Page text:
Featured Articles

WordPress Multisite on the Darknet (Mercator .onion alias)
Detecting (Malicious) Unicode in GitHub PRs
Crowdfunding on Crowd Supply (Review of my experience)
Trusted Boot (Anti-Evil-Maid, Heads, and PureBoot)
Introducing BusKill: A Kill Cord for your Laptop
Hardening Guide for phpList
WordPress Profiling with XHProf (Debugging & Optimizing Speed)
Nightmare on Lemmy Street (A Fediverse GDPR Horror Story)
Continuous Documentation: Hosting Read the Docs on GitHub Pages (2/2)
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Trusted Boot (Anti-Evil-Maid, Heads, and PureBoot)

Verifying Boot Integrity with Heads, PureBoot

This post will help to provide historical context and demystify what's under the hood of Heads, PureBoot, and other tools to provide Trusted Boot.

I will not be presenting anything new in this article; I merely hope to provide a historical timeline and a curated list of resources.

Intro

The Librem Key cryptographically verifies the system's integrity and flashes red if it's detected tampering

I've always felt bad about two things:

Because I run QubesOS, I usually disable "Secure Boot" on my laptop I travel a lot, and I don't have a good way to verify the integrity of my laptop (eg from an Evil Maid that gains physical access to my computer)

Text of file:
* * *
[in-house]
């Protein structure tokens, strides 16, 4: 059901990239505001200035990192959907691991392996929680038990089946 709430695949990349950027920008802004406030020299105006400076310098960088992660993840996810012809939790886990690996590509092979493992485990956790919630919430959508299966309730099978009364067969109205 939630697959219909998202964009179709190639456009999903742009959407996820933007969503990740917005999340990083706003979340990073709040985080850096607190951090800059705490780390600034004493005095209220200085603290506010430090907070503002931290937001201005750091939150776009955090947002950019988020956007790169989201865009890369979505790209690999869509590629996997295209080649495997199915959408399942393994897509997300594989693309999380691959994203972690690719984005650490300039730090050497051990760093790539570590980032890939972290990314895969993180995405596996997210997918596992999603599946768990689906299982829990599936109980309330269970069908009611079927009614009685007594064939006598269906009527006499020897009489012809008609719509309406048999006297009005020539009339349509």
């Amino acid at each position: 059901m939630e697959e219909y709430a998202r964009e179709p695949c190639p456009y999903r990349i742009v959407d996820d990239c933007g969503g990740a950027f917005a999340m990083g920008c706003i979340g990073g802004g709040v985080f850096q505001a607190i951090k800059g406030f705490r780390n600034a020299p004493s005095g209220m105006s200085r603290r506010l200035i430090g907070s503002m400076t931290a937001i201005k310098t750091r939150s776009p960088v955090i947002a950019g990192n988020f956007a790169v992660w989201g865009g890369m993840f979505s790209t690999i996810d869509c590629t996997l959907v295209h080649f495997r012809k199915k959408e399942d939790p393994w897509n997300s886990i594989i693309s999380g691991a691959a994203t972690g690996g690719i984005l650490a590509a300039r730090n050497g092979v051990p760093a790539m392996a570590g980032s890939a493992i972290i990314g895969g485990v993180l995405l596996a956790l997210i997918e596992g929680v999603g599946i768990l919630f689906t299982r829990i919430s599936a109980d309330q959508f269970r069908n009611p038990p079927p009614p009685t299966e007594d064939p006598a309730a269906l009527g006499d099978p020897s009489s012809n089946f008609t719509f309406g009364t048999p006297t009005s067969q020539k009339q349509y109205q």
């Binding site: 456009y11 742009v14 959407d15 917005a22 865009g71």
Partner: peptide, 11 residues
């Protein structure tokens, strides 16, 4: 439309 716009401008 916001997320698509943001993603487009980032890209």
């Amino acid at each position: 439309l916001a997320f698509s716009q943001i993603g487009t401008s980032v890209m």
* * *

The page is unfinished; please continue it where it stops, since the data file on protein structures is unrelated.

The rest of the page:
To address this, I have turned to Heads and PureBoot -- a collection of technologies including an open-source firmware/BIOS, TPM, and a USB security key that can cryptographically verify the integrity of the lowest firmware (and up the chain to the OS).

While Purism has written many articles about PureBoot and has some (minimal) documentation, I found they did a lot of hand waving without explaining how the technology works (what the hell is a "BIOS measurement"?). So I spent a great deal of
. . . → Read More: Trusted Boot (Anti-Evil-Maid, Heads, and PureBoot)

Mitigating Poisoned PGP Certificates (CVE-2019-13050)

Cert Flooding Featured Image

This article will describe PGP Certificate Flooding attacks as well as inform the reader

How to detect if you have a poisoned certificate in your keyring, How to identify & clean the poisoned cert, and How to update the configuration to prevent it from importing poisoned certs in the future

Last month, an attacker spammed several high-profile PGP certificates with tens of thousands (or hundreds of thousands) of signatures (CVE-2019-13050) and uploaded these signatures to the SKS keyservers.

Without looking very deep, I quickly stumbled on 4 keys that were attacked last month:

Michael Altfield

Hi, I’m Michael Altfield. I write articles about opsec, privacy, and devops ➡

About Michael


. . . → Read More: Mitigating Poisoned PGP Certificates (CVE-2019-13050)

GPG Key Transition Statement

After 8 years, I've decided to transition from my original GPG key and replace it with one that uses a stronger master key that meets NIST guidelines.

Michael Altfield

Hi, I’m Michael Altfield. I write articles about opsec, privacy, and devops ➡

About Michael


. . . → Read More: GPG Key Transition Statement

How to check the Public Key Algorithm used for a given gpg key (ie: RSA vs DSA)

Today I discovered how to validate the Public Key Algorithm that's used for a given gpg key. Unfortunately, it's extremely unintuitive & took quite a bit of digging to figure out how. So I'm leaving this here in hopes it helps someone in their future searches.